About The Music

Dip into our programme notes for pieces presented by Music in the Round. Covering music that is forthcoming and has been recently performed, learn more about the works and also listen to brief extracts. 

About The Music: K

KNUSSEN Oliver, …Upon One Note

Purcell’s only five-part fantazia (Z745) gains its title ‘upon one note’ from the middle C which sounds throughout. From the first bar Oliver Knussen begins to distort the rhythms and pitches of his model while retaining the fixed C, which thus finds itself surrounded occasionally by very alien harmony indeed. As though out of a mist, the diatonic tonality of the original emerges from time to time to mark the ends of the sections, which follow the same plan as those of Fantazia 7 (Benjamin). During the final fast section Purcell’s music re-asserts itself unequivocally so that the closing bars are entirely as he wrote them.

© Mark Edgley Smith

KNUSSEN Oliver, Ophelia’s Last Dance

Ophelia’s Last Dance (Ophelia Dances, Book 2) is based on a melody dating from early in 1974, which was among several ideas intended for – but ultimately excluded from – Oliver Knussen’s Third Symphony (1973-79). Some of these evolved into the ensemble piece Ophelia Dances, Book 1 (1975), but this one, which nonetheless continued to haunt him from time to time over the years. After the death of his wife, Sue Knussen, it reminded the composer of a happier time and eventually, on the occasion of Paul Crossley’s 60th birthday recital in 2004, he decided to give it a tiny frame of its own so it could be shared with listeners other than the one in his head. The present 10-minute work – written in 2009/10 – is the result. A number of other ‘homeless’ dance-fragments, related more by personal history and mood than by anything more concrete, are bound together by means of variously wrought transitions to and from rondo-like recurrences of the original melody.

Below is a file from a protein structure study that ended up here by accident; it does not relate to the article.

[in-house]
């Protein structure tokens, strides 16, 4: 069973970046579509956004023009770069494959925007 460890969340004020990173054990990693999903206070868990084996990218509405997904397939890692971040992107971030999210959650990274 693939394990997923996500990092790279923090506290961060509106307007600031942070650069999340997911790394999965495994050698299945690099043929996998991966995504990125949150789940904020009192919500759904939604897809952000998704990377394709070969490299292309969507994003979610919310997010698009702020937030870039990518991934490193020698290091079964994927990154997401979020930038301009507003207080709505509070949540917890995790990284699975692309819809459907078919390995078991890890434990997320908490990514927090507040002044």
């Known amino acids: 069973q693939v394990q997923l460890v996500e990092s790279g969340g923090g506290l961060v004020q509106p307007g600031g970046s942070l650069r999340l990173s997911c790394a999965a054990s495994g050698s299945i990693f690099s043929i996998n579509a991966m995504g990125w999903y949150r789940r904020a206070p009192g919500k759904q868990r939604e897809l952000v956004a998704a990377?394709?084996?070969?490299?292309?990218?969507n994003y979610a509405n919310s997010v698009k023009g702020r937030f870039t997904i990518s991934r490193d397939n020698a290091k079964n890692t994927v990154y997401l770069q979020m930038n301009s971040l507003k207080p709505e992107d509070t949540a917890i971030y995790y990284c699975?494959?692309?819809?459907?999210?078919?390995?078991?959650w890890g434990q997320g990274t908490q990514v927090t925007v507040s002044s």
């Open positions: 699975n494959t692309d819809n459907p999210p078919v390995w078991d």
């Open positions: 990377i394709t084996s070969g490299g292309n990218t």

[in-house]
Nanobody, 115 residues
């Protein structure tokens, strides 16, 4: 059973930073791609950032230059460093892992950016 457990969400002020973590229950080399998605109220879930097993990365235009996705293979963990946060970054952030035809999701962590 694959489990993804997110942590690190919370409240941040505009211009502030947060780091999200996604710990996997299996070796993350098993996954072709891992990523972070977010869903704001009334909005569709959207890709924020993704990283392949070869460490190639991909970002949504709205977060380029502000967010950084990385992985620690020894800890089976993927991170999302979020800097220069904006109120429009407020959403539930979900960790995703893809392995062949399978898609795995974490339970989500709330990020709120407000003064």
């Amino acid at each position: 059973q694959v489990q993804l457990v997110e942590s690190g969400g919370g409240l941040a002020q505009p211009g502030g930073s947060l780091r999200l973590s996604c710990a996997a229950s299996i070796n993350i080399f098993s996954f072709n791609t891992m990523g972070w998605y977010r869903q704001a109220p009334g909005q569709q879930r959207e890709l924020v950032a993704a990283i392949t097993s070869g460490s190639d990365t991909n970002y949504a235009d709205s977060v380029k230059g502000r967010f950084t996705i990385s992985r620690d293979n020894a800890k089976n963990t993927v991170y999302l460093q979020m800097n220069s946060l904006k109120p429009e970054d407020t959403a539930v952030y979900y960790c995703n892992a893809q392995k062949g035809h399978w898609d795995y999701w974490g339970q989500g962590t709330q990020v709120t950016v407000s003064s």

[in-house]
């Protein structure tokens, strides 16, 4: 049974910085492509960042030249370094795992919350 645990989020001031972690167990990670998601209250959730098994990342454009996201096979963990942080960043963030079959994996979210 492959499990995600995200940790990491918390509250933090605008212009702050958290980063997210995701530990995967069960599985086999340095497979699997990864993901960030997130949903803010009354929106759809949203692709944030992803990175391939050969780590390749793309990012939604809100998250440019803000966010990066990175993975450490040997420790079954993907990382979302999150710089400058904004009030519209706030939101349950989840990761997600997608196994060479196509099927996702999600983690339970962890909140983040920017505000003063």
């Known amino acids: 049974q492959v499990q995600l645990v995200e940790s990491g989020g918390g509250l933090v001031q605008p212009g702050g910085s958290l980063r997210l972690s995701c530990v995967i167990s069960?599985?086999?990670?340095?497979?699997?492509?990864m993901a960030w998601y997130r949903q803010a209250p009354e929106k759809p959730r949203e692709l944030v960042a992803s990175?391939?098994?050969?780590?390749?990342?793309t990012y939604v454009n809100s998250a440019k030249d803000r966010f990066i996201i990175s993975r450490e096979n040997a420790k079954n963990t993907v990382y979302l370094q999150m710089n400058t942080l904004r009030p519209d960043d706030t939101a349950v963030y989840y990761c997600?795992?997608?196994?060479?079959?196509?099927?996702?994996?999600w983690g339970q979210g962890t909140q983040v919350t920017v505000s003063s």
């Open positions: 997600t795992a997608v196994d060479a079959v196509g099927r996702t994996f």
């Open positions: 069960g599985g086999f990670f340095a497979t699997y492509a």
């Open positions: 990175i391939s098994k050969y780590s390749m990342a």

From fabermusic.com

KURTÁG György, Hommage à R Schumann for clarinet, viola and piano, Op. 15d 

Vivo 
Molto semplice piano e legato 
Feroce agitato 
Calmo scorrevole 
Presto 
Adagio poco andante  

Kurtág scored his Hommage à R. Sch. for the same instrumental combination as Schumann’s Märchenerzählungen, Op. 132, completing the work in 1990. Each of the movements has a subtitle, and most of them refer to the imaginary characters that were such a significant spur to Schumann’s imagination. The first – whimsical and capricious – is headed ‘Kapellmeister Johannes Kreisler’s Curious Pirouettes’, a reference to E.T.A. Hoffmann’s character who inspired Kreisleriana. Next is a quiet canon subtitled ‘Eusebius: the delimited circle’, alluding to the introspective Eusebius figure in Schumann’s own writings. After this comes ‘Florestan’s lips tremble in anguish once more’, evoking Florestan, Eusebius’s outgoing counterpart. The fourth movement has a subtitle in Hungarian which translates as ‘I was a cloud, now the sun is shining’, a quotation from a poem by Attila Jószef (1905–1937). It is followed by ‘In the Night’, an urgent and restless night piece. The sixth movement is much the longest, subtitled ‘Meister Raro discovers Guillaume de Machaut’. Raro was the moderating influence in Schumann’s imaginary brotherhood, between the extremes of Florestan and Eusebius. Here the music resembles a solemn processional recalling both the Medieval spirit and technical procedures of Machaut.   

© Nigel Simeone, 2022 

 

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